The US primary insurance carrier Allstate reported net catastrophe losses of $544 million, mainly attributed to the severe convective weather and hail storms that hit the US in April, as well as loss creep from previous events.
After-tax, the insurer said that the $544 million of catastrophe losses would be reduced to $430 million after-tax.
During April 2021, five catastrophe events impacted Allstate.
Allstate estimates the global cost of all five catastrophe events at $490 million, though it was reported that one large hail event primarily affecting Texas and Oklahoma accounted for just over 60% of the total damage in April.
That must have happened the night when large hail struck in Western Oklahoma, south of Oklahoma City, as well as neighborhoods around Fort Worth and San Antonio in Texas.
As we have previously explained, hail storms could have caused more than $1 billion in insurance and reinsurance market losses and with Allstate now reporting almost half that number alone, it seems almost certain that the hail on April 28th will surpass the billion dollar level.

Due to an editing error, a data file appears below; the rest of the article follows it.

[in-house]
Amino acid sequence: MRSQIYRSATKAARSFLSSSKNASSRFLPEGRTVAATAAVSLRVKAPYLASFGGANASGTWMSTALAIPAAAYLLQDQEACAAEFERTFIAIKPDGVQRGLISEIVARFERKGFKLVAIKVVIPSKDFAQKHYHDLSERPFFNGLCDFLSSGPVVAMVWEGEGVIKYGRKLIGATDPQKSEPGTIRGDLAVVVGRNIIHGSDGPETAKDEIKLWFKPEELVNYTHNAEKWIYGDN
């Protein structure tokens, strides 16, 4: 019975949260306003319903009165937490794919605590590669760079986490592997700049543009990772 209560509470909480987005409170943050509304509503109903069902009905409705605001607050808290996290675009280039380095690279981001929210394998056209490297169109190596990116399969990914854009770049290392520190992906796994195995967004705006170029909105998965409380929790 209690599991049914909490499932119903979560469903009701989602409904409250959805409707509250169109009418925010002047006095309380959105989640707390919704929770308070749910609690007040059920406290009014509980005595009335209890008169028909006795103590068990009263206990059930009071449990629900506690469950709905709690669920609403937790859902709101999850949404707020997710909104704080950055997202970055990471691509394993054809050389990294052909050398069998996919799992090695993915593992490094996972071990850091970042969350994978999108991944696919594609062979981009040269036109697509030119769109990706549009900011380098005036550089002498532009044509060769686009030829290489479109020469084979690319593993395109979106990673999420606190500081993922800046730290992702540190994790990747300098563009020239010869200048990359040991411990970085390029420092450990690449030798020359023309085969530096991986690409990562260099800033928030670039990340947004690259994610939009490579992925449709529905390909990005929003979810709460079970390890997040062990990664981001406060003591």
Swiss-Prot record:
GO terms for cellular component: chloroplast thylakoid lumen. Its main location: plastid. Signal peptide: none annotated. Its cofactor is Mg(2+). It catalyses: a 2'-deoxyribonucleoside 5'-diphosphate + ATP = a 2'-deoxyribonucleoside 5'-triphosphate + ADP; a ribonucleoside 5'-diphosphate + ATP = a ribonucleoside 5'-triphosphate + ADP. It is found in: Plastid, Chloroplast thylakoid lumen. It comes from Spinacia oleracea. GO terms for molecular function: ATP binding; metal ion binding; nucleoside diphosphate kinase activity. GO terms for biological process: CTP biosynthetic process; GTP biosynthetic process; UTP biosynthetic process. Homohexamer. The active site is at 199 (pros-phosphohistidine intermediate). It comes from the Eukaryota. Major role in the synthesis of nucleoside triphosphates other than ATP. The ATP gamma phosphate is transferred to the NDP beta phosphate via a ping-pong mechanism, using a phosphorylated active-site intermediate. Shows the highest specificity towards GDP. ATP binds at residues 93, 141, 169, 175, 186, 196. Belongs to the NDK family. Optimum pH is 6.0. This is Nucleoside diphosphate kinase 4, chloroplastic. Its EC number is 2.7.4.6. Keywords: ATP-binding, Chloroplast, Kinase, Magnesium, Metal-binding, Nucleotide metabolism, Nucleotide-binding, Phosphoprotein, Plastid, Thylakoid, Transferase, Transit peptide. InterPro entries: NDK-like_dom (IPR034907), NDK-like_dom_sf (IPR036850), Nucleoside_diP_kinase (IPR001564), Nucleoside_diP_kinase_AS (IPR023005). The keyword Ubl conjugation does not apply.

Reinsurance for Sanders Re cat bonds
This year, Allstate has been hit with significant catastrophe losses primarily from the winter storms and Texas freeze event.
The insurer made reinsurance recoveries on its Sanders Re catastrophe bonds, with further March losses reducing the cat bond-backed aggregate coverage even more.
Reinsurance for Sanders Re cat bonds for Allstate’s aggregate risk period reverts to the end of March. Therefore, the $490 million of April 2021 catastrophe losses will not add to the current cat bond losses, but will begin the aggregation for the next risk period.
However, Allstate has also revealed this month that the remaining $54 million of catastrophe losses it plans to book for April is a result of unfavorable reserve estimates for prior periods, meaning losses are creeping higher based on cat events from previous months.
At this time, it’s unclear from Allstate’s reporting whether its prior period reserve additions will affect the loss picture for its Sanders Re cat bonds.
Allstate has faced a gap in its tower because of recent catastrophe losses and reinsurance recoveries, which it is now looking to fill with another Sanders Re catastrophe bond issuance.
The “So What”: Allstate is Paying, but that Window Will Close
Allstate will continue to delay claims and amortize it’s losses over time, property owners need to be aggressive in documenting, filing, and demanding full payment for their claim. Beware of cosmetic exclusion clauses and make sure you understand how to fully articulate losses as a result of disruption to business operations.